How to Use the Dreaded "Check Engine Light" as a Selling Tool

Check engine light as a selling tool.jpg

Vehicle owners often assume the check engine light is unimportant and ignore it.

Educating customers can make you money. Plus, it can help protect them from additional repairs.

On the Internet, customers read that the check engine light (CEL) is merely a nuisance triggered by a loose gas cap. Such delusion causes them to visit your shop for another service (a lowly oil change, perhaps) without mentioning the engine light. With all the misinformation floating around, it’s up to you to inform and educate vehicle owners about their CEL. 

How to demystify the check engine light and increase sales   

The check engine light –  otherwise known as the service engine soon light –  is a handy tool for increasing sales. Addressing CEL-related issues also protects your customer and provides them with peace of mind. 

So, next time you have a car in for an oil change, and the dashboard is lit up like a Christmas tree, don’t ignore the problem. Use the following strategies to educate vehicle owners and make money at the same time. 

Answer the question – what does the check engine light mean?

Typically, customers know nothing about the check engine light. Does it mean the vehicle needs an oil change? Did the gas cap not get tightened down last time they stopped at the Texaco? 

As a professional, you understand the CEL can indicate serious problems. It can be triggered by anything from low battery voltage to worn internal engine components. Take the time to explain what the service engine soon light really means to the vehicle owner.

1. Start by telling them about onboard diagnostics:

Vehicles built after 1996 are equipped with onboard diagnostics. At the heart of this system is a computer, called the engine control module (ECM). The ECM monitors vital powertrain and emissions-related functions. When it detects a problem, it illuminates the CEL. At the same time, it stores a diagnostic trouble code (DTC) in memory. 

2. Next, explain the ramifications of the check engine light:

There are countless reasons the ECM may turn on the CEL. While, yes, it may be due to a loose gas cap, like YouTube says, it may also be caused by something more serious, like an internal engine problem. Not addressing the service engine soon light can lead to further damage and an inflated repair bill. 

3. Offer a free check engine light code scan

Pulling DTCs from the vehicle takes under five minutes. So, why not offer this as a free service to your customer? 

Even if the CEL isn’t on, you can hook up to a vehicle when it’s in for maintenance or repair. Check for any pending codes and look to see if all the OBD monitors have run. If they haven’t, there may be a problem that’s holding them back (or the customer may just have cleared codes or disconnected that battery). If you find pending codes or incomplete monitors, inform the customer there may be a problem.  

4. Accurately describe diagnostic trouble codes and potential causes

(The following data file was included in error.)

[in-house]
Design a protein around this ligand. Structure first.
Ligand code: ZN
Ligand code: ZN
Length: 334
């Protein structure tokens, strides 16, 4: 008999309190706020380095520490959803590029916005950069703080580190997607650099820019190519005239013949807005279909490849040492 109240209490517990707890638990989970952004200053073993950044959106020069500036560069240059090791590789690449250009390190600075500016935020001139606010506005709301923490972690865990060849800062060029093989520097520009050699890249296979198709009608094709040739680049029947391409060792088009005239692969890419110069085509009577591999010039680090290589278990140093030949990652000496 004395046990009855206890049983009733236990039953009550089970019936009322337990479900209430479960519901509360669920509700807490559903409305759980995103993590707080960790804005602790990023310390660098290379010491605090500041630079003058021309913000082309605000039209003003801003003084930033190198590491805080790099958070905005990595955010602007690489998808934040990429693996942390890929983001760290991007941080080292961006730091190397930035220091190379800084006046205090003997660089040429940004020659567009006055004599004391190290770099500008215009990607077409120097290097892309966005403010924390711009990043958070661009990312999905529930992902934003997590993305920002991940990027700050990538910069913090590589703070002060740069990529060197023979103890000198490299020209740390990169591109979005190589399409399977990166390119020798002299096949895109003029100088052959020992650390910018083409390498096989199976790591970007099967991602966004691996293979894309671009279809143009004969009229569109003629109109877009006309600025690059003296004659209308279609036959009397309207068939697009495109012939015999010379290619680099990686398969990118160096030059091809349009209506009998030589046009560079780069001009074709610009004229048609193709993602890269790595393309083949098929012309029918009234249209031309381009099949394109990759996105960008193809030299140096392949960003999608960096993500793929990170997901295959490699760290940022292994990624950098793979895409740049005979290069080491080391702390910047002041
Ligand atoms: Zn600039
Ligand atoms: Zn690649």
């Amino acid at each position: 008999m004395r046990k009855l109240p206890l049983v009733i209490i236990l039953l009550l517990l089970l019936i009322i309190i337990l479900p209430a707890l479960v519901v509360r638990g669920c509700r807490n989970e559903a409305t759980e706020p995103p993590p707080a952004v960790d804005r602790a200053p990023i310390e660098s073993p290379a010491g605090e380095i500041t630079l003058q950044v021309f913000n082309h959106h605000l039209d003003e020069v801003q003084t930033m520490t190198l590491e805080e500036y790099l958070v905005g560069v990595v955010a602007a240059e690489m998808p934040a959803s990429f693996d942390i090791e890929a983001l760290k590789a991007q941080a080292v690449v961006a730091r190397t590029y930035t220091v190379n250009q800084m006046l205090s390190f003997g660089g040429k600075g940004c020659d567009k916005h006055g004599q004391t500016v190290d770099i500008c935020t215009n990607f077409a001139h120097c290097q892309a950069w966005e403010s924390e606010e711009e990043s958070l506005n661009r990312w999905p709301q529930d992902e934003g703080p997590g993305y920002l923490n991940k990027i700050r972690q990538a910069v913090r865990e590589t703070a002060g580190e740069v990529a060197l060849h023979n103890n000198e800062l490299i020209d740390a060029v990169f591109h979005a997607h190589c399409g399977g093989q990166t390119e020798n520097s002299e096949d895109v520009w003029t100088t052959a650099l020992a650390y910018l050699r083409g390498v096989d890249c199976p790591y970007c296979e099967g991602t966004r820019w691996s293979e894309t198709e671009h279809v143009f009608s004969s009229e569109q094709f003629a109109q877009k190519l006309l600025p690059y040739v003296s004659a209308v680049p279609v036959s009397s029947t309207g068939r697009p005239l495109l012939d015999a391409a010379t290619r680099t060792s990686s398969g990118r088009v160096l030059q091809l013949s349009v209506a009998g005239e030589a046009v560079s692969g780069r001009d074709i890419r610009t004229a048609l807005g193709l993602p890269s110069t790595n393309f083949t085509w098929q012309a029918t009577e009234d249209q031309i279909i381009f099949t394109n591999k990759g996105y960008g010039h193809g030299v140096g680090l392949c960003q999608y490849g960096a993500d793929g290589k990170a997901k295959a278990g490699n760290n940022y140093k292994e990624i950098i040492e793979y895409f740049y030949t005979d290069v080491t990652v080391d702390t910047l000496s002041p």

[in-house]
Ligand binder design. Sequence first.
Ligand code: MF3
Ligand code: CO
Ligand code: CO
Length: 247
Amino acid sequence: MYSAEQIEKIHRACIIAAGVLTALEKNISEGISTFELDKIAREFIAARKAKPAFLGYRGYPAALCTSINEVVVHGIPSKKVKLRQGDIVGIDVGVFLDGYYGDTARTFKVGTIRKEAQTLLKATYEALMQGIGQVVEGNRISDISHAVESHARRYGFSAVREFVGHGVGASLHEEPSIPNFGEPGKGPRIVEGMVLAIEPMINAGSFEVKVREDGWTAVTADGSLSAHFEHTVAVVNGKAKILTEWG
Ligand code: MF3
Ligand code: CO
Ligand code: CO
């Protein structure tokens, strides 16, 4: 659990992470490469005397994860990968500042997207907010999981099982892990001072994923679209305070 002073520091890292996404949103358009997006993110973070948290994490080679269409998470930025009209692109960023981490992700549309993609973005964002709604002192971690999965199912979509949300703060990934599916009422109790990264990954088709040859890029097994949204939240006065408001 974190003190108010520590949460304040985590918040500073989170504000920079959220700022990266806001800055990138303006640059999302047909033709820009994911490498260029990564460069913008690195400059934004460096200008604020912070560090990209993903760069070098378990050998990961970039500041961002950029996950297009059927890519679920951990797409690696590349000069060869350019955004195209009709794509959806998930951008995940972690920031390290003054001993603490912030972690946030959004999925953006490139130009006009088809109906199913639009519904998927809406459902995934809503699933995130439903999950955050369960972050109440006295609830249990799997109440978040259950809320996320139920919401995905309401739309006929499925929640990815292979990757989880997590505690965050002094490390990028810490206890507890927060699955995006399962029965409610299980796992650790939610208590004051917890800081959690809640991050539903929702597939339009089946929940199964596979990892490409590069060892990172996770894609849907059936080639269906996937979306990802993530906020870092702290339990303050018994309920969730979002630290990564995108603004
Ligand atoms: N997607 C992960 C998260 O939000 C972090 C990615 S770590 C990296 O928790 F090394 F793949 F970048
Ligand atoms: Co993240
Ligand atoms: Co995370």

If you find DTCs stored, explain to the customer what they might mean. A quick Google search will give you some ideas ( is a good site). Or, you can hop on a repair database like ALLDATA or Identifix. Be sure to tell the customer the code is NOT a diagnosis. It’s only an indication of where to start.

Take, for example, code P0131 Oxygen Sensor (O2) Circuit Low Voltage. Just because the O2 sensor is in the DTC title, doesn’t mean it’s the problem. The O2 sensor measures the amount of oxygen in the exhaust stream. When it outputs a low voltage, that means there is a lot of oxygen in the exhaust and the engine may be running lean. So, not only could the DTC indicate a bad sensor, but also an engine performance issue. It could also be set due to a circuit fault, an exhaust leak – or even a problem with the PCM. 

Explain to the customer the general direction the code is telling you to go in. Then, let them know it will take a thorough diagnosis – and plenty of time – to pinpoint the problem. Also, if the DTC is severe, you may want to expand on that. For example, if the code is for a misfire, let them know they could be damaging their catalytic converter by continuing to drive the vehicle. 

5. Don’t give away diagnostics

After the code scan – that’s it. Nothing else is free. CEL diagnosis can be time-consuming, and you should charge accordingly. So, don’t be shy. Tell Mr. Smith tracking down his problem could take an hour, maybe more, and that you can’t work for free. Neither can your techs. If he understands the concept that time is money, he’ll pony up the cash for diagnostic time. 

And the check engine light a great opportunity to include an interactive service walk-around, WITH your customer, now that we're at their vehicle!

If you’re looking to bump up your sales (and what living, breathing service advisor isn’t?) start implementing these CEL strategies at your shop. You’ll be surprised how much revenue that unassuming check engine light can bring in.